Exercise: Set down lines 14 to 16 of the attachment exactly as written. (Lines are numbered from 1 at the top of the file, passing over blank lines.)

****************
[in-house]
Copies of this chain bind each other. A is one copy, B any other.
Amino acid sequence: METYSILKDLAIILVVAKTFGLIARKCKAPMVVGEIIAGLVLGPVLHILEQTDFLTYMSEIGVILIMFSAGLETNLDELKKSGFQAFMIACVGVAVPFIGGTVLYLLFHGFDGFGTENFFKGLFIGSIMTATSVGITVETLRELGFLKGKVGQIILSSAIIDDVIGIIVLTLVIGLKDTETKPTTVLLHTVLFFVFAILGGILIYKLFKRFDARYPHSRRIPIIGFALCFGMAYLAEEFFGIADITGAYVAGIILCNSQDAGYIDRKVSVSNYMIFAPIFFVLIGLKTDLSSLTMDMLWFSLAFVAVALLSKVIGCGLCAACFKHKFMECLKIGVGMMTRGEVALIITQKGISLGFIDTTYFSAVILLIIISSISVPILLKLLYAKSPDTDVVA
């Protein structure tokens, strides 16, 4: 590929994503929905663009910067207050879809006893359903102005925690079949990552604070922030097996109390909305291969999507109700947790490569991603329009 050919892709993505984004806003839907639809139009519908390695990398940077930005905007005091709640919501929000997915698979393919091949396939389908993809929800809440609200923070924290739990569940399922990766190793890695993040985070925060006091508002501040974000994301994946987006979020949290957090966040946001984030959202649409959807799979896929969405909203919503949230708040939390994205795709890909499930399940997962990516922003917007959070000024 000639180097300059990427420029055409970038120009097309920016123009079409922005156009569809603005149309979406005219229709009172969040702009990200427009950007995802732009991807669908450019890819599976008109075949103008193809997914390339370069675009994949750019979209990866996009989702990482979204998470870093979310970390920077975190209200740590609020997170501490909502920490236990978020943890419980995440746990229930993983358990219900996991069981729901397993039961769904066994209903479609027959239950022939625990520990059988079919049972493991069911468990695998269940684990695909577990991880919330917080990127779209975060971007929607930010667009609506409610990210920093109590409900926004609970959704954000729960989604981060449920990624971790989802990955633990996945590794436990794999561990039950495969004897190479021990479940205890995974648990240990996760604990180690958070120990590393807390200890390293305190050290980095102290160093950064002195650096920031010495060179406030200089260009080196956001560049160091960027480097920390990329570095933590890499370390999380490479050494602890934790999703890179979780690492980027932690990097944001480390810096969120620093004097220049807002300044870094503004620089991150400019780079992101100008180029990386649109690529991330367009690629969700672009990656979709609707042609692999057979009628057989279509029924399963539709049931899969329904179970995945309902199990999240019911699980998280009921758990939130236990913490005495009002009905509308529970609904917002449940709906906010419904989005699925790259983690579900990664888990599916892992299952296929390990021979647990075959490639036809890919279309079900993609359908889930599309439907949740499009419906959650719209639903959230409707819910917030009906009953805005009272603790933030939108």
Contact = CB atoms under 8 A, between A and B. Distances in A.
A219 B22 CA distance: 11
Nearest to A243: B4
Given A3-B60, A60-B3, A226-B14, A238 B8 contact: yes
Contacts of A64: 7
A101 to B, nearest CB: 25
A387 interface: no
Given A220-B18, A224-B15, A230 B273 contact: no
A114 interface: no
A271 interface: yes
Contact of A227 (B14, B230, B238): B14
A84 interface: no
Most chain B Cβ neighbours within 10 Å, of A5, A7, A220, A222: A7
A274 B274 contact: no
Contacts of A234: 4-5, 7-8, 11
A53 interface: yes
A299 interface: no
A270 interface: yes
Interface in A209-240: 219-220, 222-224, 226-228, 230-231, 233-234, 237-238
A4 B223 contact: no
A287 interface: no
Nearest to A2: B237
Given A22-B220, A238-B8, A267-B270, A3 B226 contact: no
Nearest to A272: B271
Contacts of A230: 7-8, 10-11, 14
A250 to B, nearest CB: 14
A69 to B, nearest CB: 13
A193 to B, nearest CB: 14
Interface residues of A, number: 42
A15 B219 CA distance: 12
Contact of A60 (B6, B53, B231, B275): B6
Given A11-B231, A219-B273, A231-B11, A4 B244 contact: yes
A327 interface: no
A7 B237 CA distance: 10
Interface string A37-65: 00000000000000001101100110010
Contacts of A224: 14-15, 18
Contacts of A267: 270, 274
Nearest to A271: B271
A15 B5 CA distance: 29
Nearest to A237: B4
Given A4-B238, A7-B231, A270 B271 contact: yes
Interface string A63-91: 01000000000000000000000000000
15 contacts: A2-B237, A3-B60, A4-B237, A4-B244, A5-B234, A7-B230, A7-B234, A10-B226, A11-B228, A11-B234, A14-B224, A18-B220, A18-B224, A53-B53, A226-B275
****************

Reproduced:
A271 interface: yes
Contact of A227 (B14, B230, B238): B14
A84 interface: no